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Teaching Dalit Bahujan Utopias: Notes From the Classroom


· Sukumar Narayana University of Delhi (Delhi, India)


07/28 | 11:00-11:20 UTC+2/CEST


The production of knowledge in India operates within a rarefied domain enclosed inside the structures of caste, class and gender. This has enabled the unabashed peddling of one-dimensional epistemology of glorifying the past, justifying the prevalent social hierarchies and manufacturing consent for the existing social order. Periodically, the status quo was interrogated and the resultant debates are secreted within the pages of history. Rarely if ever, these contestations become a part of the pedagogy thereby igniting a quest for a more emancipatory social apparatus.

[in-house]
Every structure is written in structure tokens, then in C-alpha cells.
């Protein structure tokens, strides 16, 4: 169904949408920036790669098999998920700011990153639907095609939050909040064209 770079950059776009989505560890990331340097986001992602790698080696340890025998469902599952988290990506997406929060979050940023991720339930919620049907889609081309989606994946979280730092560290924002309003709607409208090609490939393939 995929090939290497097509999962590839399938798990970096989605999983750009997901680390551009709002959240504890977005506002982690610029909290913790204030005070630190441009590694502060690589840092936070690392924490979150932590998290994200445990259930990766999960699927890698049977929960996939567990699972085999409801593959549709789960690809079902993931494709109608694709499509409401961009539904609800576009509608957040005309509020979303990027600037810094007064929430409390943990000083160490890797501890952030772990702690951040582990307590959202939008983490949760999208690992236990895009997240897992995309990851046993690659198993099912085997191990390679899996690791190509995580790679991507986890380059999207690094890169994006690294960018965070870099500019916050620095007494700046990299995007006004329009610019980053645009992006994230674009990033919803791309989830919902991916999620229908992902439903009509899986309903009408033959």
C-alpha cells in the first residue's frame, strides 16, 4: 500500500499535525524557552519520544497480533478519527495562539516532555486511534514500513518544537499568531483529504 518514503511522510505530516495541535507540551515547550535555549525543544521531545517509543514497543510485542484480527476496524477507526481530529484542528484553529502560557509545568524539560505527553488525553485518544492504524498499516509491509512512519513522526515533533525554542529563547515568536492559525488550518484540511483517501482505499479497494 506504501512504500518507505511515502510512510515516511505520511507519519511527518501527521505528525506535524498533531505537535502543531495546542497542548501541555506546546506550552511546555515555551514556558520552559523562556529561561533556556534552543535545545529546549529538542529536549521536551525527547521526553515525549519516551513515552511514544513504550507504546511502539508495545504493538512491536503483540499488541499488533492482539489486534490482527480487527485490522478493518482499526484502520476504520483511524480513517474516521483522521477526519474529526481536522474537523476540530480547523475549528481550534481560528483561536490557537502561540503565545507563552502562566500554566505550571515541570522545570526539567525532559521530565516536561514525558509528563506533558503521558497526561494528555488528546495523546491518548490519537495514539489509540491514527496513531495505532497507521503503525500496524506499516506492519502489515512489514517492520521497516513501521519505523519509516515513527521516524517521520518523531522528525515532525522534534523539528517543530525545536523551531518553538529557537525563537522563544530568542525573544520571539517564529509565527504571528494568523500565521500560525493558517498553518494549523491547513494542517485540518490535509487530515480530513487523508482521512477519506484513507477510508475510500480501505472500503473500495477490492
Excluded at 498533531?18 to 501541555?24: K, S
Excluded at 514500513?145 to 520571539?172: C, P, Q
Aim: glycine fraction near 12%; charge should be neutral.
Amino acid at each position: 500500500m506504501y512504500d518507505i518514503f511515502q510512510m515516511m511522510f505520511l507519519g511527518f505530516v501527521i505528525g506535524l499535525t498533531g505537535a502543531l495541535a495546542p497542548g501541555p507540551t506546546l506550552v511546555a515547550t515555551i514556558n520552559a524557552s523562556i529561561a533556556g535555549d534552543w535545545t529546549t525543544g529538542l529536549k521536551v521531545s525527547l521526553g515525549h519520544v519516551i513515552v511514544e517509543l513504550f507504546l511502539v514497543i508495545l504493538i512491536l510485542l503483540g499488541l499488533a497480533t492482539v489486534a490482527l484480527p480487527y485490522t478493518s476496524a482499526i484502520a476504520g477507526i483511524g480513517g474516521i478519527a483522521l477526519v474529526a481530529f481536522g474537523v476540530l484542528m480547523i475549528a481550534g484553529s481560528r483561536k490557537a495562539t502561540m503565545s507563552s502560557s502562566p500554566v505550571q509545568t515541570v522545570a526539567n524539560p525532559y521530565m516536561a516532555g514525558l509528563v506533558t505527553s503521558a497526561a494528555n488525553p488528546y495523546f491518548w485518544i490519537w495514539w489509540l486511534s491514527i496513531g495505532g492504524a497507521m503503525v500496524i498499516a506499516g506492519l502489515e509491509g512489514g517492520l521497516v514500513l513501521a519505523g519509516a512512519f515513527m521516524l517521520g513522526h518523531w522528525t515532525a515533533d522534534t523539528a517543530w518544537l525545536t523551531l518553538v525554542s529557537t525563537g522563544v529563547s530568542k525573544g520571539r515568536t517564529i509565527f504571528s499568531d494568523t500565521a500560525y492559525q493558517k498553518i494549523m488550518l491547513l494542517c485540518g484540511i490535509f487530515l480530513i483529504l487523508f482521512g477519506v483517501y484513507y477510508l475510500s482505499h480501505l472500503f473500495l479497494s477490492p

This is not surprising as the reproduction of the symbolic power needs to be closely guarded. The ancient world considered land as the paramount resource and wars were waged to capture more territories. For the industrialized societies, capital was the source of sustenance but in the modern era, privilege and power based on knowledge is the magic mantra, the currency of socio-economic relations. This paper revolves around the attempts made by the researcher to introduce a full fledged course on Dalit Bahujan Political Thought at the Masters level in Delhi University. This intervention was opposed by the entrenched academia hailing from the privileged castes who wished to perpetuate their Brahmanical utopias. The texts/readings prescribed for the course were sought to be banned by the higher authorities. The pantheon of thinkers who advocated an Indian version of liberation theology was never engaged with at an ideological level. The everyday engagements with the students who joined the course and their interactions in the classrooms provide a multi-layered understanding of negotiating utopias.